The 'Exodus' Effect: The Monumentally Fictional Israel That Remade American Jewry

It's hard to underestimate the impact of this book – along with the Paul Newman film – on a generation of Americans and beyond.

Bradley Burston
Bradley Burston
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Bradley Burston
Bradley Burston

The pantheon of Jewish-American novelists is as populous as it is distinguished. Among its titans are two Nobel laureates, Canadian-born Chicagoan Saul Bellow and Polish-born Isaac Bashevis Singer; a justly celebrated string of Pulitzer winners from Edna Ferber through Philip Roth to Michael Chabon; and the creators of such works as "The Catcher in the Rye" and "Catch 22."

Yet, a half-century ago, when a single book transformed American Jews as no other work has done, before or since, its author was none of these.

The book was "Exodus" - and like its creator, Leon Uris, it was savaged by critics and academics, and resoundingly ignored by literary prize committees. When the book appeared in 1958, however, it sold in the millions. It was said that it was nearly as common to find a copy of "Exodus" in American-Jewish households as to find the Bible - and, of the two, not a few Jewish households apparently had only "Exodus."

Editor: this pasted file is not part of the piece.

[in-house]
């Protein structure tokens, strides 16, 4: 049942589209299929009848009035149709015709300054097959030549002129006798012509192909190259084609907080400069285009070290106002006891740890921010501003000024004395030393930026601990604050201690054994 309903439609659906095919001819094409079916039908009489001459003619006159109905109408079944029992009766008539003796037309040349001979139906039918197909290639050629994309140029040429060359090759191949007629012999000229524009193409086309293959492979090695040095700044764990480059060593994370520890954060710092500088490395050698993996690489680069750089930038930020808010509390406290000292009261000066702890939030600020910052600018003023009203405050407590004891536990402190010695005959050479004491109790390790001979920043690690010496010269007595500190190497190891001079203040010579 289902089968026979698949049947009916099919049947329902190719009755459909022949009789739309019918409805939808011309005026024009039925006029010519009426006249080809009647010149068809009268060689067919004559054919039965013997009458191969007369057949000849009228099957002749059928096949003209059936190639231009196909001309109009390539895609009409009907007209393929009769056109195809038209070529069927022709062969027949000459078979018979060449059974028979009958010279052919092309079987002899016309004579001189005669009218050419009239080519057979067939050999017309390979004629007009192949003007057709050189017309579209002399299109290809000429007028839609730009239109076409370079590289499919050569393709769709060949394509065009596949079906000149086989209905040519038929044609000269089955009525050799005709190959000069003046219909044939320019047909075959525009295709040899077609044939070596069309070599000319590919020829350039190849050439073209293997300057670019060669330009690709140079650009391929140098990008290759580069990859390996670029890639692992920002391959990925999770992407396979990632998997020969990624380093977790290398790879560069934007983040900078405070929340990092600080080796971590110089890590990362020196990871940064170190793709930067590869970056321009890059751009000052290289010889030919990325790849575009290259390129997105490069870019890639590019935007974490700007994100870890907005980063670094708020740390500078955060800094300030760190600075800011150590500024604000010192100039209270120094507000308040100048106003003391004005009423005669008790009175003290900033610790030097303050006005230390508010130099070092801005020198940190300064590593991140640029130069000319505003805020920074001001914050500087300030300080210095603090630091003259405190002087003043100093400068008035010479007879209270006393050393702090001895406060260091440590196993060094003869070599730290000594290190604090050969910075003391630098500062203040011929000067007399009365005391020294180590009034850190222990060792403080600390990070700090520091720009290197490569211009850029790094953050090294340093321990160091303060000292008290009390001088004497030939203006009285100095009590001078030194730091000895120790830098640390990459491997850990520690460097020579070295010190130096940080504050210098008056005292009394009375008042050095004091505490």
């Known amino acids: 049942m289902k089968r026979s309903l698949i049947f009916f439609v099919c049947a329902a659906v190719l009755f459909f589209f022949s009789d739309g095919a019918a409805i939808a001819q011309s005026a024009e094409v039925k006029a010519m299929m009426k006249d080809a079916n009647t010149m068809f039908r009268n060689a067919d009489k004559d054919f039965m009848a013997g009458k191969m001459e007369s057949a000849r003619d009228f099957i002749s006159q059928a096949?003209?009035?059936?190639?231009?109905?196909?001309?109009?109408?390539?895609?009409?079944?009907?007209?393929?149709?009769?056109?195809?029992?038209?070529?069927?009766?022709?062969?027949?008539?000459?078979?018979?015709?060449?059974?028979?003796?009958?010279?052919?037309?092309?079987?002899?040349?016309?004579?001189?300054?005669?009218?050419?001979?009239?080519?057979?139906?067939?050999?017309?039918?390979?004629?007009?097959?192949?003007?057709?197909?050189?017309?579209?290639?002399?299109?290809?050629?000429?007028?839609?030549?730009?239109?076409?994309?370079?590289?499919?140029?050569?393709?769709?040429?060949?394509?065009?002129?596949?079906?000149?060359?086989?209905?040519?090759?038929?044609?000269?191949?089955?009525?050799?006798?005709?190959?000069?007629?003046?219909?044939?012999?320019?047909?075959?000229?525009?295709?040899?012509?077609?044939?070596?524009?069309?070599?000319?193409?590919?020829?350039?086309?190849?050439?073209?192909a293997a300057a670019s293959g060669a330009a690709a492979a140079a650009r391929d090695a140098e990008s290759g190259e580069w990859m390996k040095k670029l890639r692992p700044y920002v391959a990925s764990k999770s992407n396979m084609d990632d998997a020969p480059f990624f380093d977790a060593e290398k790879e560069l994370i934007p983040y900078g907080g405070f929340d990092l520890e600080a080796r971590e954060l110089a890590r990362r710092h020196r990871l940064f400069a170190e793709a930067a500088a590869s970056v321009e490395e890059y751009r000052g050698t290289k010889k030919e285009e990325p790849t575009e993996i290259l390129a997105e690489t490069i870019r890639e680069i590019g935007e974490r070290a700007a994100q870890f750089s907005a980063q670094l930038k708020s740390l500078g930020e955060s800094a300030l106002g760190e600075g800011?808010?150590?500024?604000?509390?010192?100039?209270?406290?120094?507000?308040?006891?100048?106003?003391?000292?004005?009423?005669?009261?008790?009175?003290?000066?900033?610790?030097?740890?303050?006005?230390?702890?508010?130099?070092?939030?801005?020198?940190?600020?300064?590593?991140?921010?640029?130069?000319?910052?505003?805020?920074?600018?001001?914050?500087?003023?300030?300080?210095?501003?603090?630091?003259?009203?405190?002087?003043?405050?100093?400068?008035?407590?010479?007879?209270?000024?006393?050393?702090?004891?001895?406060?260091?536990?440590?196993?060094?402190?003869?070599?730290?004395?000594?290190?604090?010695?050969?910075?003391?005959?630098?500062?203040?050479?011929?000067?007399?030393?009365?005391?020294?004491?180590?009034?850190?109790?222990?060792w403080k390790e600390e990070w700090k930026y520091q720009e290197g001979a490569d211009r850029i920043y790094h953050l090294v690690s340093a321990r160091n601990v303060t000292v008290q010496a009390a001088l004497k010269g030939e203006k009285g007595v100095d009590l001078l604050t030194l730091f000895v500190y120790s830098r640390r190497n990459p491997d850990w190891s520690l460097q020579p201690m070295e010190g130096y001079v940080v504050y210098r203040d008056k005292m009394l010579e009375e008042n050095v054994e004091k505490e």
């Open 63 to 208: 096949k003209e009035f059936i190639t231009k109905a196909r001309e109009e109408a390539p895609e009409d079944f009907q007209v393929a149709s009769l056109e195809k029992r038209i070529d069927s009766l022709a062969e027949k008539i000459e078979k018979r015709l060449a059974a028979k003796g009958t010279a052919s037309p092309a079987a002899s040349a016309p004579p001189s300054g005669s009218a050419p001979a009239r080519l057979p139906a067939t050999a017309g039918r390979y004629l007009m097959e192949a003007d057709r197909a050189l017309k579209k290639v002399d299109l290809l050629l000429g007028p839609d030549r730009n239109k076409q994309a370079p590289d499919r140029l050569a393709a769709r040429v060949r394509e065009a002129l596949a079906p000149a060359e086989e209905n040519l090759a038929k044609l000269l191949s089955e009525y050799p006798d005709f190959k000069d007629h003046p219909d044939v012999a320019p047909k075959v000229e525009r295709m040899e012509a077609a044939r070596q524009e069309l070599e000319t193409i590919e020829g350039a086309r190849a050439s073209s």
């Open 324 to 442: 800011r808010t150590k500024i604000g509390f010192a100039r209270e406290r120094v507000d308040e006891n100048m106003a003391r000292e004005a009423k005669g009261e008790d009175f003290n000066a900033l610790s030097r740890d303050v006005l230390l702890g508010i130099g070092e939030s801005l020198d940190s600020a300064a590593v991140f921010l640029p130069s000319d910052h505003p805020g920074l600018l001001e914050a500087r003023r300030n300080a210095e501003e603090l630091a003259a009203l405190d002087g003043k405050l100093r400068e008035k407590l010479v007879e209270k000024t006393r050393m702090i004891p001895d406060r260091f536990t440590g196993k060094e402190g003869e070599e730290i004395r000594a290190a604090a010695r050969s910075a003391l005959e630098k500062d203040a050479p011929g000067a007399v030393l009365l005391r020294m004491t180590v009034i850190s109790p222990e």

Tailoring, altering and radically sanitizing the history of the founding of the State of Israel to flatter the fantasies and prejudices of American Jews, Uris succeeded well beyond his own wildest dreams, essentially remaking his eager readers and himself as well. That is, he helped foment a significant change in his fellow Jews' perceptions of Israel and, indeed, of themselves.

"As a literary work it isn't much," sniffed David Ben-Gurion, Israel's founding prime minister, still in power at the time "Exodus" was published. "But as a piece of propaganda, it's the best thing ever written about Israel."

Some 40 years after the novel's publication, the prominent Palestinian-American scholar Edward Said would ruefully remark of its demonized treatment of Arabs that "the main narrative model that dominates American thinking still seems to be Leon Uris' 1958 novel 'Exodus.'"